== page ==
Sextons & Years of Service
1822 – 1846 Alpha Kingsley
1847 – 1848 Smith Criddle
1849 – 1854 Benjamin Clements
1855 – 1862 Martin O. Cotton
1862 - T. M. McBride
1862 – 1865 George W. Norvell
1868 - James W. Pratt
1874 – 1879 Daniel M. Martin
1880 – 1888 William T. Perry
1889 – 1911 Daniel M. Martin
1912 – 1917 John B. Norman
1918 – 1937 Charles H. Wallace
1937 – 1944 Delbert C. Puckett
1948 – 1955 Robert I. Taylor
1956 – 1974 Douglas A. Pardue
1977 – 1978 Wesley Paine, Metro Board of
1979 – 1982 Naomi Levia, Metro Board of
1982 – present Metro Historical
List of Sextons prepared by Carole Bucy.
Sexton. The job of the Sexton at
the City Cemetery was difficult. He was
in charge of arrangements for all
burials, in having the graves dug prior
to funerals and filled after interments,
in keeping the Interment Books and in
collecting the fees for burials. During
periods of Epidemics this was unending
work. We must be grateful to the
endeavors of the Sextons in faithfully
keeping the Interment Books at the City
Cemetery so that we have knowledge of
the many people who were buried in this
cemetery. Today of the 19,745
burials in the Interment Books, only a
fraction have tombstones. Of the 3,000
tombstones in the cemetery, in 2006,
only 2000 tombstones had legible
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Undertakers and Funeral Homes
Cole & Garrett
Combs, M. S. & Co.
Cornelius, C. R.
Finley - Dorris
Grooms, R. H.
Grooms & Combs
Peters & Pisen
Roach, John C. & Co.
W. R. C. & Co. (W.R. Cornelius & Co.)
Glossary of Ancient Diseases
Abscess: A localized collection of pus
buried in tissues, organs, or confined
spaces of the body, often accompanied by
swelling and inflammation and frequently
caused by bacteria. See boil.
Addison's disease: A disease
characterized by severe weakness, low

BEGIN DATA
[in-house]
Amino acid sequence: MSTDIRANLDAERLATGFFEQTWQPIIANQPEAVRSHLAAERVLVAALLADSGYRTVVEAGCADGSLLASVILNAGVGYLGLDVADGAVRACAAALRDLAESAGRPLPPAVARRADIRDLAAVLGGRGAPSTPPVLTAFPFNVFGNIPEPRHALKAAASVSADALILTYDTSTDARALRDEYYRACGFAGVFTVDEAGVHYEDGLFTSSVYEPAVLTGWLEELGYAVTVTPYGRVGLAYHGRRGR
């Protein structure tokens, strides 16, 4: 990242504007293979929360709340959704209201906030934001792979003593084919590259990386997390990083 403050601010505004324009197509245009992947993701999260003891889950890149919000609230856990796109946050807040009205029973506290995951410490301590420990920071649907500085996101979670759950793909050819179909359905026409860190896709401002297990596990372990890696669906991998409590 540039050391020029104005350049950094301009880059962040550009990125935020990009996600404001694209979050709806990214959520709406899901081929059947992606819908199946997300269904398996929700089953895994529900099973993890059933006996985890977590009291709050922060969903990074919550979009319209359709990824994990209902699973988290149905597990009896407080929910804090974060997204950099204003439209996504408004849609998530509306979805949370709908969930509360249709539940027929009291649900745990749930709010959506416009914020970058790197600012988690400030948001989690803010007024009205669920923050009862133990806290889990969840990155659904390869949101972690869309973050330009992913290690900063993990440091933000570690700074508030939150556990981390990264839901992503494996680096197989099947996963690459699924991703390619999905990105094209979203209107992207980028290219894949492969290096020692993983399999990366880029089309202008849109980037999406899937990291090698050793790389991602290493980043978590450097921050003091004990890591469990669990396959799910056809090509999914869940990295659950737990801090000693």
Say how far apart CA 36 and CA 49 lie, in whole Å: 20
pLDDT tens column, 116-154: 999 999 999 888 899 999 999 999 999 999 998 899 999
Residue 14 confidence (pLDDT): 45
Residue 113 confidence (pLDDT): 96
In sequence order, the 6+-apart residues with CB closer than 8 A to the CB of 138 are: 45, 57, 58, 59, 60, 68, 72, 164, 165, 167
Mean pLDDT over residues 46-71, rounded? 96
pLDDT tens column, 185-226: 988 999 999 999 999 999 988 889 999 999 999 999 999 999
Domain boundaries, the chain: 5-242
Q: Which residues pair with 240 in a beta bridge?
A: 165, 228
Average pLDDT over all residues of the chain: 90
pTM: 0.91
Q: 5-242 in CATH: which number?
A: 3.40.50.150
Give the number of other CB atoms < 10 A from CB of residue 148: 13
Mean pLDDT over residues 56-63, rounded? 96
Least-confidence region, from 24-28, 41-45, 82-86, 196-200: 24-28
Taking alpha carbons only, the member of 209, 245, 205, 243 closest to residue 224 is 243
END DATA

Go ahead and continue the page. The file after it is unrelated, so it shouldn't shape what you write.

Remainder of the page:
blood pressure, and a bronzed coloration
of the skin, due to decreased secretion
of cortisol from the adrenal gland.
Synonyms: Morbus addisonii, bronzed skin
Ague: Malarial or intermittent fever
characterized by paroxysms (stages of
chills, fever, and sweating at regularly
recurring times) and followed by an
interval or intermission of varying
duration. Popularly, the disease was
known as "fever and ague," "chill
fever," "the shakes," and by names
expressive of the locality in which it
was prevalent--such as, "swamp fever"
(in Louisiana), "Panama fever," and
Ague-cake: A form of enlargement of the
spleen, resulting from the action of
malaria on the system.
American Plague: yellow fever
Anasarca: Generalized massive dropsy.
Apoplexy: paralysis due to stroke
Aphthae: See thrush.
Aphthous stomatitis: See canker.
Ascites: See dropsy.
Asthenia: See debility.
Bad Blood: Syphilis
Bilious fever: A term loosely applied to
certain intestinal and malarial fevers.
Biliousness: A complex of symptoms
comprising nausea, abdominal discomfort,
headache, and constipation--formerly
attributed to excessive secretion of
bile from the liver.
Blood Poisoning: Septicemia
Boil: An abscess of skin or painful
inflammation of the skin or a hair
follicle usually caused by a
staphylococcal infection. Synonym:
Brain fever: See meningitis, typhus.
Bright's Disease: Glomerulonephritis
Bronchial asthma: A disorder of
breathing, characterized by spasm of the
bronchial tubes of the lungs, wheezing,
and difficulty in breathing air
outward--often accompanied by coughing
and a feeling of tightness in the chest.
Camp fever: See typhus.
Cancer: A malignant and invasive growth
or tumor. In the nineteenth century,
cancerous tumors tended to ulcerate,
grew constantly, and progressed to a
fatal end and that there was scarcely a
tissue they would not invade. Synonyms:
malignant growth, carcinoma.
Cancrum otis: A severe, destructive,
eroding ulcer of the cheek and lip. In
the last century it was seen in
delicate, ill-fed, ill-tended children
between the ages of two and five. The
disease was the result of poor hygiene.
It was often fatal. The disease could,
in a few days, lead to gangrene of the
lips, cheeks, tonsils, palate, tongue,
and even half the face; teeth would fall